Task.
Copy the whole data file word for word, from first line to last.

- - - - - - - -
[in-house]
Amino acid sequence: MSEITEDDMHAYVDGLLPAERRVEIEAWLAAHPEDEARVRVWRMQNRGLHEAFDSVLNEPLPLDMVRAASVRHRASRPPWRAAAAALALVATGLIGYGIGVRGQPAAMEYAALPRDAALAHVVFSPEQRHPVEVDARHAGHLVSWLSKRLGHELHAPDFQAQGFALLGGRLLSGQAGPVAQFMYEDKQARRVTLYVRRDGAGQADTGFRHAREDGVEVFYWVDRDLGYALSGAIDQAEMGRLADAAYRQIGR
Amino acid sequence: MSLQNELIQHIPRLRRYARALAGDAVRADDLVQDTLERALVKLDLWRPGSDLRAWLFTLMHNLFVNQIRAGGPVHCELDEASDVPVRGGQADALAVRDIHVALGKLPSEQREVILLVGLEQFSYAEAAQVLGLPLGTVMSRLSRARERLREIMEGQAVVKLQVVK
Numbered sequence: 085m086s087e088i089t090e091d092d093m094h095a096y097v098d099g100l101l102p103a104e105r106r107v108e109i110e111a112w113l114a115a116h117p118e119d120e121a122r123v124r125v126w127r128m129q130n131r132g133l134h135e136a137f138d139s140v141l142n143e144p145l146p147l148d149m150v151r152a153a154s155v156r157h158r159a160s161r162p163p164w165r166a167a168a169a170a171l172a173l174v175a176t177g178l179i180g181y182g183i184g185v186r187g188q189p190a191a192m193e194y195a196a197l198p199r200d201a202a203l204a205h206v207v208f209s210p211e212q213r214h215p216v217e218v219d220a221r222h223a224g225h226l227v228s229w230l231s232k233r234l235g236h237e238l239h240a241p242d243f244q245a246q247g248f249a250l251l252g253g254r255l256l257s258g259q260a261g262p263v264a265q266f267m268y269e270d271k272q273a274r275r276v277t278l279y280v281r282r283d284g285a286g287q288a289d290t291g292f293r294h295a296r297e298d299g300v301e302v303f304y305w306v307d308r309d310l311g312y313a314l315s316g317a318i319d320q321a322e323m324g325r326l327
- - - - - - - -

[in-house]
Amino acid sequence: MSEITEDDMHAYVDGLLPAERRVEIEAWLAAHPEDEARVRVWRMQNRGLHEAFDSVLNEPLPLDMVRAASVRHRASRPPWRAAAAALALVATGLIGYGIGVRGQPAAMEYAALPRDAALAHVVFSPEQRHPVEVDARHAGHLVSWLSKRLGHELHAPDFQAQGFALLGGRLLSGQAGPVAQFMYEDKQARRVTLYVRRDGAGQADTGFRHAREDGVEVFYWVDRDLGYALSGAIDQAEMGRLADAAYRQIGR
Amino acid sequence: MSLQNELIQHIPRLRRYARALAGDAVRADDLVQDTLERALVKLDLWRPGSDLRAWLFTLMHNLFVNQIRAGGPVHCELDEASDVPVRGGQADALAVRDIHVALGKLPSEQREVILLVGLEQFSYAEAAQVLGLPLGTVMSRLSRARERLREIMEGQAVVKLQVVK
Numbered sequence: 085m086s087e088i089t090e091d092d093m094h095a096y097v098d099g100l101l102p103a104e105r106r107v108e109i110e111a112w113l114a115a116h117p118e119d120e121a122r123v124r125v126w127r128m129q130n131r132g133l134h135e136a137f138d139s140v141l142n143e144p145l146p147l148d149m150v151r152a153a154s155v156r157h158r159a160s161r162p163p164w165r166a167a168a169a170a171l172a173l174v175a176t177g178l179i180g181y182g183i184g185v186r187g188q189p190a191a192m193e194y195a196a197l198p199r200d201a202a203l204a205h206v207v208f209s210p211e212q213r214h215p216v217e218v219d220a221r222h223a224g225h226l227v228s229w230l231s232k233r234l235g236h237e238l239h240a241p242d243f244q245a246q247g248f249a250l251l252g253g254r255l256l257s258g259q260a261g262p263v264a265q266f267m268y269e270d271k272q273a274r275r276v277t278l279y280v281r282r283d284g285a286g287q288a289d290t291g292f293r294h295a296r297e298d299g300v301e302v303f304y305w306v307d308r309d310l311g312y313a314l315s316g317a318i319d320q321a322e323m324g325r326l327